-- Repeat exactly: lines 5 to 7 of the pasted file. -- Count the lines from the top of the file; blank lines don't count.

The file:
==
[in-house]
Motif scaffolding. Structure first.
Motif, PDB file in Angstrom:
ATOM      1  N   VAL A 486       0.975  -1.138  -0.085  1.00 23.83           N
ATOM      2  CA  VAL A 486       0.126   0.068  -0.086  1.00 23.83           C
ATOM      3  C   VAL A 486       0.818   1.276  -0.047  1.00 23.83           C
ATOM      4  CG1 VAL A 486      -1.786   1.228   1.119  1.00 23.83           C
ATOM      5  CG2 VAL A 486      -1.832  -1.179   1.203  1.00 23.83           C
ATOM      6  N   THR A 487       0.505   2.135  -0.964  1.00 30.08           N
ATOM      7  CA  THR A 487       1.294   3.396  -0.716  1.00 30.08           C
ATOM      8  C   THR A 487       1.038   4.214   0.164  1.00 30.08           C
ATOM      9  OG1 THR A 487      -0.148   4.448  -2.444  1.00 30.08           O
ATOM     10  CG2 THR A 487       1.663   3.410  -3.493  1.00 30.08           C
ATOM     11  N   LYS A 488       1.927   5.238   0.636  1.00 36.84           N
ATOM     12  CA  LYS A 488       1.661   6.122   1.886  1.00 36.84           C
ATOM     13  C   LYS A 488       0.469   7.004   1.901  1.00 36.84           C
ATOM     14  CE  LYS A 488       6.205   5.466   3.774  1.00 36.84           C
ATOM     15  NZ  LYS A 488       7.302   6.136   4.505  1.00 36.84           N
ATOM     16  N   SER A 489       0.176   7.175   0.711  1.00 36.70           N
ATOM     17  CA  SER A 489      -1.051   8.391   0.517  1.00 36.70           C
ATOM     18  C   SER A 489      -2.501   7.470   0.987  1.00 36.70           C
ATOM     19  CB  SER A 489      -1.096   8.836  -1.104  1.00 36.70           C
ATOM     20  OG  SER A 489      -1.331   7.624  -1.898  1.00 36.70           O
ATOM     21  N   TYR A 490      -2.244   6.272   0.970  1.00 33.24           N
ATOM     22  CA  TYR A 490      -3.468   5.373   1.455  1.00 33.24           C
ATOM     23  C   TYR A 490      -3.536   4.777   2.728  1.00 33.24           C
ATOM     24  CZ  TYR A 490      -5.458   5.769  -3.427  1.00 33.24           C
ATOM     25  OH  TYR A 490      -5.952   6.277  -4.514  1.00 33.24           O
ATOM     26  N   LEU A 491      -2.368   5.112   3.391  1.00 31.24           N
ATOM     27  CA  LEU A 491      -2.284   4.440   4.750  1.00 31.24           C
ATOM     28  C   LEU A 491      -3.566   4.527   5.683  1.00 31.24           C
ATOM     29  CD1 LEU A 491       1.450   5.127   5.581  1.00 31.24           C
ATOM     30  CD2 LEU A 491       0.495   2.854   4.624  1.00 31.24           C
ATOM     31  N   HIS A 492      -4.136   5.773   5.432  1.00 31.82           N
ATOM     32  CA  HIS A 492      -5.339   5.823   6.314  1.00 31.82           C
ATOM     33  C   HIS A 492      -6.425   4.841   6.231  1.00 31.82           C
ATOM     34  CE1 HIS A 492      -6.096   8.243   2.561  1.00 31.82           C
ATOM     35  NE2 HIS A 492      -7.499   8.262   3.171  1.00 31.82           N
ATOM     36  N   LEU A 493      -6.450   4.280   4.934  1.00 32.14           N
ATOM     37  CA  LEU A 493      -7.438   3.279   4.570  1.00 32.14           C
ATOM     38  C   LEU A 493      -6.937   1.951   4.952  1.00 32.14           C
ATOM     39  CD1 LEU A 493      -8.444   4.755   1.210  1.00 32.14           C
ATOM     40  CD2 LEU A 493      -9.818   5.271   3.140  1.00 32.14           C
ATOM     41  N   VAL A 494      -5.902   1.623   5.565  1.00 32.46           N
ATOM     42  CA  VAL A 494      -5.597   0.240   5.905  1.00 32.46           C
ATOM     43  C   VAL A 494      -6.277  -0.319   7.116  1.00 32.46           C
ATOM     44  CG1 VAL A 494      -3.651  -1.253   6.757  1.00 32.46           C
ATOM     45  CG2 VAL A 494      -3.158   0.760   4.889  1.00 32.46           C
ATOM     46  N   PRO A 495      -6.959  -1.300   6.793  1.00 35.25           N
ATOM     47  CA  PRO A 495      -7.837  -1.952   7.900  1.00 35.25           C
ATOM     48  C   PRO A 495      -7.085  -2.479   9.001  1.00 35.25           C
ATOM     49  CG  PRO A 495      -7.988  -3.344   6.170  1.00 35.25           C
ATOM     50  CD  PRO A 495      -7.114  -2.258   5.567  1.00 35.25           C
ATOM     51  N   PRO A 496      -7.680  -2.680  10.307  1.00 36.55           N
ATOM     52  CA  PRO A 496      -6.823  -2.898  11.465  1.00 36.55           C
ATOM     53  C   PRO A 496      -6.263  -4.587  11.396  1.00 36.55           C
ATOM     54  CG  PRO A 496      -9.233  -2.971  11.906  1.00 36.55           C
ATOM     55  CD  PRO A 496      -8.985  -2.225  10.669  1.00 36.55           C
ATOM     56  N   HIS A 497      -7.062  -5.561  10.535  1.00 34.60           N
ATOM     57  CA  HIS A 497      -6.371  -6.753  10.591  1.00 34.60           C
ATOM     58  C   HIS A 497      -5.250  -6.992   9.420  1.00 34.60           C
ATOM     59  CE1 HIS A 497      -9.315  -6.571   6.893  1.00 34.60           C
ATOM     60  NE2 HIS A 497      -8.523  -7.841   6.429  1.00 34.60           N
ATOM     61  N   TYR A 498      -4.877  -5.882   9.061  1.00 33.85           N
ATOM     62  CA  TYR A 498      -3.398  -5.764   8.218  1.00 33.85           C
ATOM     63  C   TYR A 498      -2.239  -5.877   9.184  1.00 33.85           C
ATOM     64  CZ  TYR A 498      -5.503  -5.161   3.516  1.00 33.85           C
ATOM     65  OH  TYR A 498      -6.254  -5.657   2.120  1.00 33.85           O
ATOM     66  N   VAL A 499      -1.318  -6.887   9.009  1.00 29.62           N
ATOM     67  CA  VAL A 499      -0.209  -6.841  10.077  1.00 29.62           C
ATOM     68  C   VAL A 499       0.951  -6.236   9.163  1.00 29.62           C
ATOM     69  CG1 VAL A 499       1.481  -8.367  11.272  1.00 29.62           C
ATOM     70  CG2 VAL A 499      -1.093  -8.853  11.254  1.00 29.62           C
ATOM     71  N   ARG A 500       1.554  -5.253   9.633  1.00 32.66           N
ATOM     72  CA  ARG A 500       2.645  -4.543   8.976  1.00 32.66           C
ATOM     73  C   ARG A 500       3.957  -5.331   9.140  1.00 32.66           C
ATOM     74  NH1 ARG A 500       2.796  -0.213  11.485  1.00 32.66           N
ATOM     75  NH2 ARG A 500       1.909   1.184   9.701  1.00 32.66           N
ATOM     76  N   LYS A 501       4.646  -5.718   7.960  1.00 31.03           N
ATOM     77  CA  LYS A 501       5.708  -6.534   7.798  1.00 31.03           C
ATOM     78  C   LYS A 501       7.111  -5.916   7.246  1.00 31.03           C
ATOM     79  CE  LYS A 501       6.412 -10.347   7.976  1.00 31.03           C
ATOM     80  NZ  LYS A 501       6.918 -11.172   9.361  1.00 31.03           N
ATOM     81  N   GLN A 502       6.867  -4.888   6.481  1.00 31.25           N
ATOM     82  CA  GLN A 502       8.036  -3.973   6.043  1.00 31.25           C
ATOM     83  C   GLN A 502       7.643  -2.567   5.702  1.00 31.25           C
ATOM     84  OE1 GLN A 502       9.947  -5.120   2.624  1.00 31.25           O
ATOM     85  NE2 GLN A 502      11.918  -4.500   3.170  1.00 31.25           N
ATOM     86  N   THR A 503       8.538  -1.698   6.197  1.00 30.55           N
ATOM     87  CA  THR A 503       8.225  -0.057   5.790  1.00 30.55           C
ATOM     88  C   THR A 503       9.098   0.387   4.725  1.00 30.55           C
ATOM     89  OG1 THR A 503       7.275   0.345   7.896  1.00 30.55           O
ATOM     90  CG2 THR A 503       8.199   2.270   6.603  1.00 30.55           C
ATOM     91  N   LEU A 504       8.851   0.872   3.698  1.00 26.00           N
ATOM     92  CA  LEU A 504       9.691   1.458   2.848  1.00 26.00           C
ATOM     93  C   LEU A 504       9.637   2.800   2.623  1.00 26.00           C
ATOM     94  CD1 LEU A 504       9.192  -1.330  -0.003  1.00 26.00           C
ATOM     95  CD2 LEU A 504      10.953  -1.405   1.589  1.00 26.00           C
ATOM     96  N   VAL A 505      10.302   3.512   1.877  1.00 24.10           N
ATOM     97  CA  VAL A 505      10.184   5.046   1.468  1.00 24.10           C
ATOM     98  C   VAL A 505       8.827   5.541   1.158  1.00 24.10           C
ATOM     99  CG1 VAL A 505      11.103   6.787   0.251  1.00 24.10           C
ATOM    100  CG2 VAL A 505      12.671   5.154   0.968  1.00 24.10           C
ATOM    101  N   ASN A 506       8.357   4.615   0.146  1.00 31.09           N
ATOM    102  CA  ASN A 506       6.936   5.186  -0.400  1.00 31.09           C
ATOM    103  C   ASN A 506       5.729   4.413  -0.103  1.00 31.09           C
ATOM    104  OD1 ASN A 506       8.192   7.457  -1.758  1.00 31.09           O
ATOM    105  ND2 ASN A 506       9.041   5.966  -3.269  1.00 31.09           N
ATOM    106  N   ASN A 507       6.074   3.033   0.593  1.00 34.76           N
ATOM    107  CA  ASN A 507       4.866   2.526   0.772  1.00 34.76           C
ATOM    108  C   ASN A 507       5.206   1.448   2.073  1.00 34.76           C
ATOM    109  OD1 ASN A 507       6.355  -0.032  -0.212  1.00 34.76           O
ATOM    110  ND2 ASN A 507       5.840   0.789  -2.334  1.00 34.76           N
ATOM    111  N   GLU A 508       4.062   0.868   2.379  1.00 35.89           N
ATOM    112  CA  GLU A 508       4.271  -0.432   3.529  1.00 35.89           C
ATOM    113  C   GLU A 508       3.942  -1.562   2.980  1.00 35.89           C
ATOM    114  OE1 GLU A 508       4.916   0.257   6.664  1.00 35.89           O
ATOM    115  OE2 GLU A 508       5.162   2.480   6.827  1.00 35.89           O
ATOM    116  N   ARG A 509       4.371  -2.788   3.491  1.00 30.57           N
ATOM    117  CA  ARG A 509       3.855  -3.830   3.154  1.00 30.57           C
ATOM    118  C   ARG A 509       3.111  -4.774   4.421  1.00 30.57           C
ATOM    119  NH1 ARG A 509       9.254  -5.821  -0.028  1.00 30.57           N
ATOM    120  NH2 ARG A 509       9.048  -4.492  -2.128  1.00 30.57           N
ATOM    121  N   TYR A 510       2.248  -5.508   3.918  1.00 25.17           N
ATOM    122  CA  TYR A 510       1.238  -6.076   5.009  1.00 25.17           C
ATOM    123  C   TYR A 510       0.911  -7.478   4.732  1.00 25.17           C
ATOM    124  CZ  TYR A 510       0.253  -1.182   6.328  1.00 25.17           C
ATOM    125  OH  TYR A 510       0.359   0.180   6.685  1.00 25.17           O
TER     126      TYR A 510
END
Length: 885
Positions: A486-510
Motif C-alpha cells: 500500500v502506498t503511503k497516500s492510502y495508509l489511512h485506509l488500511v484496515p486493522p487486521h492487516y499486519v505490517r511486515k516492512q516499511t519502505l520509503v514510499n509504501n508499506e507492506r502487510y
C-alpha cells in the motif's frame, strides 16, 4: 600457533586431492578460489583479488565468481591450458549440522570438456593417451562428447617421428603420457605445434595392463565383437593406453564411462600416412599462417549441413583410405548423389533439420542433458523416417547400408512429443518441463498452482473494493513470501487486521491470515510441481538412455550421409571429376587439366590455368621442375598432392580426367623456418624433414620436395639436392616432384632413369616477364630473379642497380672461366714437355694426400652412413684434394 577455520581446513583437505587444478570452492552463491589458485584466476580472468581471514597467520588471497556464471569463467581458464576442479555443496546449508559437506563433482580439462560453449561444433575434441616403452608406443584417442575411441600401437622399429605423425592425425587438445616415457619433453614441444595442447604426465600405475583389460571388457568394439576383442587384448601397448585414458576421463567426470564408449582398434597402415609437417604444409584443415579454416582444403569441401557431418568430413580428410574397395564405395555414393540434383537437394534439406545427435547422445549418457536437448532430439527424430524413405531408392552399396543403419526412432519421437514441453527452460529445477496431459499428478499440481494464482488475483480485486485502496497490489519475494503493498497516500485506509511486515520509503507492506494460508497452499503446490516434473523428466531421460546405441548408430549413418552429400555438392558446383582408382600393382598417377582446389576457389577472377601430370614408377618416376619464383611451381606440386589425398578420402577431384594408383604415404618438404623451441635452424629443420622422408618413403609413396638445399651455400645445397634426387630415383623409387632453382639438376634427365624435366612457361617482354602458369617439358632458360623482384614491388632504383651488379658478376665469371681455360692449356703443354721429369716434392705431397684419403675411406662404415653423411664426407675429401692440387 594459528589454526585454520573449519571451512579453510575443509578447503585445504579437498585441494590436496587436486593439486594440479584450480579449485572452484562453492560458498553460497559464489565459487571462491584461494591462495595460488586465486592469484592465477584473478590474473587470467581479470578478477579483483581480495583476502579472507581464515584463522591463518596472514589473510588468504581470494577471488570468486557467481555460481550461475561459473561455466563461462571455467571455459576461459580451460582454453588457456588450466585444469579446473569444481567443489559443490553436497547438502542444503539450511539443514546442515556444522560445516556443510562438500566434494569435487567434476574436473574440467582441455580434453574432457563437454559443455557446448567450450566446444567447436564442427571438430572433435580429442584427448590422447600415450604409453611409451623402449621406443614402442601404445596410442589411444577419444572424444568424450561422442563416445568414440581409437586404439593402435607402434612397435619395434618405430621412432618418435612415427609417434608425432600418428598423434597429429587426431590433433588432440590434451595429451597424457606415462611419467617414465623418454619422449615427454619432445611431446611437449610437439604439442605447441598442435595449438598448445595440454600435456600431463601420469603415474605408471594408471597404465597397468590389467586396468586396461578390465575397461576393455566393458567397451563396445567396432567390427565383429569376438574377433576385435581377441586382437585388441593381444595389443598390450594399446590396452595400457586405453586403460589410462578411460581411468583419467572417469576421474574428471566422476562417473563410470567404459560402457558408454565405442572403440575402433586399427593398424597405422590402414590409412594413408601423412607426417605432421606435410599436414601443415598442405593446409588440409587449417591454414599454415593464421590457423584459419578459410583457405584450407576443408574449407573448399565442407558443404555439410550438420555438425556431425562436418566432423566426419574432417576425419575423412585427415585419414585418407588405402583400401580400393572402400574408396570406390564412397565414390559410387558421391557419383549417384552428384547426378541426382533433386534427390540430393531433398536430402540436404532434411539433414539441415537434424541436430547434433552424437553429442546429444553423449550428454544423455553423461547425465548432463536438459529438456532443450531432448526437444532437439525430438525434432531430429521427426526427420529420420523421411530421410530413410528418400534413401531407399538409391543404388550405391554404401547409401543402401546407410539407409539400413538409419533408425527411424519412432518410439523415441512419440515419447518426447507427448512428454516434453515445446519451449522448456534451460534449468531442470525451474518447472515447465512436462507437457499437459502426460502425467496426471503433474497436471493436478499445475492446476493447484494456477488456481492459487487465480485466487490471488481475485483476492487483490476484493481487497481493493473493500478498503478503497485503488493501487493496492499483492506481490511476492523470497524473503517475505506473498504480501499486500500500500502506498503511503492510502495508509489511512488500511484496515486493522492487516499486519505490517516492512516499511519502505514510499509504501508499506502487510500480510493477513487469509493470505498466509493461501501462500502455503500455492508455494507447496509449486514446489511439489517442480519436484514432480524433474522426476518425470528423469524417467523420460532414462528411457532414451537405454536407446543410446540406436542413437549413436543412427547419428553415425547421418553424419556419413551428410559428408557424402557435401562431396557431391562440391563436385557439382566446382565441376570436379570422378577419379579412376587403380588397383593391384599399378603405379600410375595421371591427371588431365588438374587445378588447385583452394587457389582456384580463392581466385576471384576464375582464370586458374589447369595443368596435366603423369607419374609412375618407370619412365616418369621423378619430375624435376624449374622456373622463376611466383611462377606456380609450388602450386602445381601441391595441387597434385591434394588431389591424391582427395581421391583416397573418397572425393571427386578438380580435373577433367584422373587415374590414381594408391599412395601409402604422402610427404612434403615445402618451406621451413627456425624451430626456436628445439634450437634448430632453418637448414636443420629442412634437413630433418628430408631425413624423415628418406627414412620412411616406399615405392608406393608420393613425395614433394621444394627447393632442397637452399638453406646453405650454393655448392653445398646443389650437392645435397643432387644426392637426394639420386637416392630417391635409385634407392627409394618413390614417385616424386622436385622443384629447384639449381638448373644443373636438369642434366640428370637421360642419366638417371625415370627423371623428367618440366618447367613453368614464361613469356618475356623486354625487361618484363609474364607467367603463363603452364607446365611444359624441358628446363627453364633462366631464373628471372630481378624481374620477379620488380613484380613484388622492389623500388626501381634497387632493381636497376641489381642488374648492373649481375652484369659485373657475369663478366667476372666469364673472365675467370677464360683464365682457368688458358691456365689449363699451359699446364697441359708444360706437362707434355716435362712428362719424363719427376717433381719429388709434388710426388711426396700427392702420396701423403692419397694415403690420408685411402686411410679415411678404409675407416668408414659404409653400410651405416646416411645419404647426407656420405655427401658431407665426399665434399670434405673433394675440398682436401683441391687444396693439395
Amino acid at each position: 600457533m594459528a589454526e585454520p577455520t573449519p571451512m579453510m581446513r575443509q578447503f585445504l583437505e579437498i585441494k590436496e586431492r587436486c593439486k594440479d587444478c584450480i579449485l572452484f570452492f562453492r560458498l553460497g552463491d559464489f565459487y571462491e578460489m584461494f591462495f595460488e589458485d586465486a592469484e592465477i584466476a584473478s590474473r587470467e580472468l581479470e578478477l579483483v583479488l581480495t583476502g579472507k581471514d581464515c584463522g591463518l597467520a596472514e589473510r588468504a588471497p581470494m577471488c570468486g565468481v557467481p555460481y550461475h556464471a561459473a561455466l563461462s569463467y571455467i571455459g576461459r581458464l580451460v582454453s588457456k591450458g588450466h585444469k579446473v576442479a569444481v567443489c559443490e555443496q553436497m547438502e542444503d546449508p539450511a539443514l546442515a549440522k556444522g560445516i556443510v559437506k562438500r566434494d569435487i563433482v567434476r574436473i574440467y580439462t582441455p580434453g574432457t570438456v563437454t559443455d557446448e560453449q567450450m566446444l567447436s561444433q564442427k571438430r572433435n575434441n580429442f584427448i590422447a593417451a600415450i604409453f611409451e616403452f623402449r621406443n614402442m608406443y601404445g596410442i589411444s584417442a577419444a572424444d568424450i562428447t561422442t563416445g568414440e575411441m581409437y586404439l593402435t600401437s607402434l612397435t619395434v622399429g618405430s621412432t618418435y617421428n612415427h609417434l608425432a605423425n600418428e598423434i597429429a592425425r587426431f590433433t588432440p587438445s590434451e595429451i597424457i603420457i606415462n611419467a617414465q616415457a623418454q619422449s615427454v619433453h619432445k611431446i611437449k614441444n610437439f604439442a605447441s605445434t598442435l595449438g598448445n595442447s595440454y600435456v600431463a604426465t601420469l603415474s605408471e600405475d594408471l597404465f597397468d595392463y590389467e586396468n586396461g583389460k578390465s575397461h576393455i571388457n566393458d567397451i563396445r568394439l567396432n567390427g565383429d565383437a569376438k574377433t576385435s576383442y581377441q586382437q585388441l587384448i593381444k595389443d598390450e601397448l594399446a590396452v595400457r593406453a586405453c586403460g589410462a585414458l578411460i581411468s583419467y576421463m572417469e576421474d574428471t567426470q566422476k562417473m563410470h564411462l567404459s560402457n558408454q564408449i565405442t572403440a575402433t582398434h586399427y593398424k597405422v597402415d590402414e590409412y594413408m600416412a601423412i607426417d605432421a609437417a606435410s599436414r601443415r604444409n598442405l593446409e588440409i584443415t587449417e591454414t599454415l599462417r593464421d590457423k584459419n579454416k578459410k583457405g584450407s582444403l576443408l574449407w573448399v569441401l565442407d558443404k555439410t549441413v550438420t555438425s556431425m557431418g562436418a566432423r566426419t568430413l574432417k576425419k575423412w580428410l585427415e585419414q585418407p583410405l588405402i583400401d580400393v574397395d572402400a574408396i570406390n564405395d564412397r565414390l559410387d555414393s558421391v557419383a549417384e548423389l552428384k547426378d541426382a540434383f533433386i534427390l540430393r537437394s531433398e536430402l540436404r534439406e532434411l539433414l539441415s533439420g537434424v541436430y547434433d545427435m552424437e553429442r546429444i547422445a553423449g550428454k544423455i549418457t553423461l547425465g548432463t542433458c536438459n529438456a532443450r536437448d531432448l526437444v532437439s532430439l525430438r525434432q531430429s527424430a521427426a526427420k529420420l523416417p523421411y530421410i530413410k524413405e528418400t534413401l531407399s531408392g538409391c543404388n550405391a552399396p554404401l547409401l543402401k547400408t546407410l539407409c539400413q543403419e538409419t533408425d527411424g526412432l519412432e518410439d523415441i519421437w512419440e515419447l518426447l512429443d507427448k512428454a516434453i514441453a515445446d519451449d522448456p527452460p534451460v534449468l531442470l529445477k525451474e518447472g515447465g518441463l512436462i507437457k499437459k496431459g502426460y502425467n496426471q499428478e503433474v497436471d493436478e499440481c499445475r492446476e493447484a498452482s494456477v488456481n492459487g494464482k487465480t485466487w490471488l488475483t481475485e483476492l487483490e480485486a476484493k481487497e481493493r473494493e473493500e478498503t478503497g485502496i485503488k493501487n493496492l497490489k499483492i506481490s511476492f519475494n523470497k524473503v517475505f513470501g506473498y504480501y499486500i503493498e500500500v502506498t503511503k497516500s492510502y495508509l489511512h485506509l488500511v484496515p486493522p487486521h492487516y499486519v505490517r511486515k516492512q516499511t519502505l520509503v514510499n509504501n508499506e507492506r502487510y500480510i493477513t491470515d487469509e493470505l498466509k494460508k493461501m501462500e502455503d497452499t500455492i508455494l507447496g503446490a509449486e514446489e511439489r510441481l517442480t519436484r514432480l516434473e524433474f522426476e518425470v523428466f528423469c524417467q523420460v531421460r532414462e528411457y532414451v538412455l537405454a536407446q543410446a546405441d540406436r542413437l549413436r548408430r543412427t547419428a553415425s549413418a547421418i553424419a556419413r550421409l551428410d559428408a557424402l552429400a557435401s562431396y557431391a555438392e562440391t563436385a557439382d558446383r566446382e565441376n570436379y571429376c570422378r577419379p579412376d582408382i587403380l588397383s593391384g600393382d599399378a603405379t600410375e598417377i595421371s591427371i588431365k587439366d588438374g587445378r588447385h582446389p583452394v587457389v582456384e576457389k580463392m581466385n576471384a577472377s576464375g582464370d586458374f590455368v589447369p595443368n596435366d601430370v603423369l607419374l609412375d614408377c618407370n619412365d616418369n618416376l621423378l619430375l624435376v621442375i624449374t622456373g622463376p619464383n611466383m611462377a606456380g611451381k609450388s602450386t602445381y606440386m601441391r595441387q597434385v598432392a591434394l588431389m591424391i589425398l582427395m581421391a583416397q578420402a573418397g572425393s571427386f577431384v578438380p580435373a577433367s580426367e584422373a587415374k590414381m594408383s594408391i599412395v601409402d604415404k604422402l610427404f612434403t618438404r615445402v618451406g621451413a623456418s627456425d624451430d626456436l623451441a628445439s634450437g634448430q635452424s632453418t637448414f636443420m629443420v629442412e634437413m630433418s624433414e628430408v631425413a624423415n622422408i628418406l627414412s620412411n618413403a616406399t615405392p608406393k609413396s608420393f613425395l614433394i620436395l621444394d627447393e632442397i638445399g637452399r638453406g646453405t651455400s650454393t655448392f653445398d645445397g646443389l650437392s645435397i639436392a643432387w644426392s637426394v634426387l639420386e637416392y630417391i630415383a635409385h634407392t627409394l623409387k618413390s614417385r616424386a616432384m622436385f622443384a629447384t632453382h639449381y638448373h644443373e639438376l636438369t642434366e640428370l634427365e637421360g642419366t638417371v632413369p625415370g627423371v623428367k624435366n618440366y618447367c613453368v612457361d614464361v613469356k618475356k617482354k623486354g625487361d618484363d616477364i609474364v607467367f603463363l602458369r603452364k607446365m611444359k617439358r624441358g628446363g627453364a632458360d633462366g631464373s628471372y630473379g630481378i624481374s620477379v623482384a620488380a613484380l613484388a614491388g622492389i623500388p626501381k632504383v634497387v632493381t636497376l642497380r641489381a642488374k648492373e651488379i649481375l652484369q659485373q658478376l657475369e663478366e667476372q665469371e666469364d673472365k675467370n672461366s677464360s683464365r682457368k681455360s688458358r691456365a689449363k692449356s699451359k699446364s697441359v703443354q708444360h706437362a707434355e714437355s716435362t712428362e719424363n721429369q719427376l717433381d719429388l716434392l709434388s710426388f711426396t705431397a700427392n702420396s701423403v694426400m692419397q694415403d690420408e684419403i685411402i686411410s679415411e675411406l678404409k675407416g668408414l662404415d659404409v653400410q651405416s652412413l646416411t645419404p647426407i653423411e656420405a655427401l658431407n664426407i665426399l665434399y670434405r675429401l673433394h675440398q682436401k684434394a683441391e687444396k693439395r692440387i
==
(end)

ATOM      2  CA  VAL A 486       0.126   0.068  -0.086  1.00 23.83           C
ATOM      3  C   VAL A 486       0.818   1.276  -0.047  1.00 23.83           C
ATOM      4  CG1 VAL A 486      -1.786   1.228   1.119  1.00 23.83           C